Yes you are right! Snowolf I am 32 years old with two babies and a wife, No risks for me haha. Thank you for your input! A few people told me similar advice. But this is the first I hear about "Avoid flat basing". I do appreciate it! I plan on keeping to super easy hills at first(back to the bunny slopes!). The main reason I want to ride camber is because I know I am a sloppy rider and the rocker allows me to be. I want to improve in every way I can and going to camber I thought would really teach me better technique and more technical riding. I also plan on taking another private lesson so I have someone point out what I need to improve or tighten up. I might try a more directional set up just for shits and giggles. I don't plan on trying to ride switch on the camber until I got going forward down. Any good (mild )forward stances numbers that would ok if I need to end up in switch and not eat it.

t21 12-02-2012 08:15 PM

your 15/-15 should be just fine. but if you are looking for a milder angle you can start with 15/-3 or 12/-3,-6 or even 9/-9 :dunno: but its really up to you. i ride a camber deck with early rise but i started with regular camber(rental) and ended with 15/-3 for two season. but this season i changed it to 15/-6 and it felt a bit easier. though i have not tried this set-up on steeps and moguls yet. btw, snowolf is right,flat-basing on regular camber does freaking hurt:mad:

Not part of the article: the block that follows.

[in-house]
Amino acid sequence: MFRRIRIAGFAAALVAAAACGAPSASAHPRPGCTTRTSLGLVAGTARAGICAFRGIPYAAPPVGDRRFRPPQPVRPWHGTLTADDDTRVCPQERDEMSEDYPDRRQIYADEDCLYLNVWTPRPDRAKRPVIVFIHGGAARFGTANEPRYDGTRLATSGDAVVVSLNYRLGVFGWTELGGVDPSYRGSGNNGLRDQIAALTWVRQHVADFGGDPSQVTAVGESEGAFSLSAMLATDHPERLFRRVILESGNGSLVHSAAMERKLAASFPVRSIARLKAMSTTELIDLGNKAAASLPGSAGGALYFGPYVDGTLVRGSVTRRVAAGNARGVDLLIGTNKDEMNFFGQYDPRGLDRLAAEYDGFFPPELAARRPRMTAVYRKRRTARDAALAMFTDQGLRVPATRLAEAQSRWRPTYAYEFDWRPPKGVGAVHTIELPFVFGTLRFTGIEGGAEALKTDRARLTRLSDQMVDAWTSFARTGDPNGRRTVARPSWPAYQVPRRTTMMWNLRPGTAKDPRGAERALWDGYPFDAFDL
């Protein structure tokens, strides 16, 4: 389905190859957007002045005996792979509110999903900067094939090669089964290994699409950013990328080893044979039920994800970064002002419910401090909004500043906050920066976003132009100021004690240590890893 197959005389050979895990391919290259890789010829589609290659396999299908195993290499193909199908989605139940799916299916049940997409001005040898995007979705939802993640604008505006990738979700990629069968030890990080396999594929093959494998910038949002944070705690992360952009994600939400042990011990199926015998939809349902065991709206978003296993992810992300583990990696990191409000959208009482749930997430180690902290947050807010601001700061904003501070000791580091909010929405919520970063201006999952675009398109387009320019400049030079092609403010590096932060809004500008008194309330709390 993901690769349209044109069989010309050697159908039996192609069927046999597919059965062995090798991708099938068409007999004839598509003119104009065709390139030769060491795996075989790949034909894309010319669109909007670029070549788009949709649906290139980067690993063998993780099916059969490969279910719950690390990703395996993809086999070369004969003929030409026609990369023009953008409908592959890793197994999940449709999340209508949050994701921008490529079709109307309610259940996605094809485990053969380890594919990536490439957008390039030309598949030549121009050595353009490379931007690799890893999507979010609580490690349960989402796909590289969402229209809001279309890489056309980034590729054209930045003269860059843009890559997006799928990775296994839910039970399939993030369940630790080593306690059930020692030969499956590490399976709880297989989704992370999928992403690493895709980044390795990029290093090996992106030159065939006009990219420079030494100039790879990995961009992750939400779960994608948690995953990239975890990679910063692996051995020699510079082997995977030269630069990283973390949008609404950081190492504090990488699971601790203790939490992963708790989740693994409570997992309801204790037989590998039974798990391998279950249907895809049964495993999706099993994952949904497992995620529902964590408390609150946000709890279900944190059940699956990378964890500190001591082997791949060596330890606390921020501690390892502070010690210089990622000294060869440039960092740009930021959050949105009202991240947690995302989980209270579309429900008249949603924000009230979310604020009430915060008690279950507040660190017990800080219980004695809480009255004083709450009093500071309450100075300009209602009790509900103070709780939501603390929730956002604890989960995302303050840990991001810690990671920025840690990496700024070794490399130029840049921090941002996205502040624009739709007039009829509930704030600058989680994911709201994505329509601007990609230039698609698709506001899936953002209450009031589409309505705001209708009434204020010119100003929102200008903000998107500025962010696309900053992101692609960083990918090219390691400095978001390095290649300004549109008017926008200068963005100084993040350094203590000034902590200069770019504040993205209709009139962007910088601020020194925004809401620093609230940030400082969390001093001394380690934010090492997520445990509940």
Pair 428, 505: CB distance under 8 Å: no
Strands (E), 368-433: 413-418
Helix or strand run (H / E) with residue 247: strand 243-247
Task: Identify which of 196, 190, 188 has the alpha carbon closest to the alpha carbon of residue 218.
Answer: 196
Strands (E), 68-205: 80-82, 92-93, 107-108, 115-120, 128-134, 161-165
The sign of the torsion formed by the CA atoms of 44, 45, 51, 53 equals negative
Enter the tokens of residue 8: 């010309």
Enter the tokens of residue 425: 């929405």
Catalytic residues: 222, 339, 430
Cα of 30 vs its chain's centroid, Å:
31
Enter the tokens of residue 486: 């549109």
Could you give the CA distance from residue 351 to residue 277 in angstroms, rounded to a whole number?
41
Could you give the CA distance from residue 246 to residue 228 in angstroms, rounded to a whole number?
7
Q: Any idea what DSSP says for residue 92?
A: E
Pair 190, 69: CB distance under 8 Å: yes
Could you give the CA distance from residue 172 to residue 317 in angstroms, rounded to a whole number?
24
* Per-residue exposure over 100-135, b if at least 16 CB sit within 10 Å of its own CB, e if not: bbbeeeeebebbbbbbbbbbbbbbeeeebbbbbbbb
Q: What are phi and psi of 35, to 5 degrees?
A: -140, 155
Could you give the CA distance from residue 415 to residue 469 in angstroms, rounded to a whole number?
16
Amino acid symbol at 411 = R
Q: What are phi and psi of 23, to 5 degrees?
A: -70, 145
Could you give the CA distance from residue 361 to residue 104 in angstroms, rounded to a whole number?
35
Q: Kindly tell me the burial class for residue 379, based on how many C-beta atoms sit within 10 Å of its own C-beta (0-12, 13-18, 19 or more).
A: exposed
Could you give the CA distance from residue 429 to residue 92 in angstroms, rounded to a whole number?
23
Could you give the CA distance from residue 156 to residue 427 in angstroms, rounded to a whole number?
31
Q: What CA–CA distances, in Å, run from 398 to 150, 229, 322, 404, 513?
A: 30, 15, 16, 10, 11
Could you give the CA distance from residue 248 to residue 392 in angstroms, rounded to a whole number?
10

davidjames 12-04-2012 08:42 PM

Quote:

Originally Posted by tonyisnowhere (Post 546561)
. I want to improve in every way I can and going to camber I thought would really teach me better technique and more technical riding. I also plan on taking another private lesson so I have someone point out what I need to improve or tighten up.

The lesson is solid idea, especially a private. Make sure you go in with an idea of what you want to work on, as well as a list of questions you may have. Don't forget to utilize lift time to pick instructors brains.

tonyisnowhere 12-04-2012 08:54 PM

Quote:

Originally Posted by davidjames (Post 547945)
The lesson is solid idea, especially a private. Make sure you go in with an idea of what you want to work on, as well as a list of questions you may have. Don't forget to utilize lift time to pick instructors brains.

Thanks! Great Ideas! :thumbsup:

poutanen 12-04-2012 09:24 PM

I ride a heavily cambered, very stiff, very directional board, and I still run a symmetrical setup (-12/+12 or so)... But look at some pros and some of them are all forward angles, some run mild duck, some symmetrical, etc.

Point of my story is you've got to find what works for you, and angle is just part of the equation. Best advice when setting up ANYTHING (boards, bindings, cars, etc.) is to change on variable at a time. In this case that's the board. Leave everything else equal and get used to that board for a couple days. After that fiddle if you want, but ONE THING AT A TIME! :D

I don't think you need to go back to bunny hills to ride a cambered deck. Go on runs you're used to but take it easy for a few runs to get the feel. I honestly don't think camber is nearly as scary as some people make it out to be!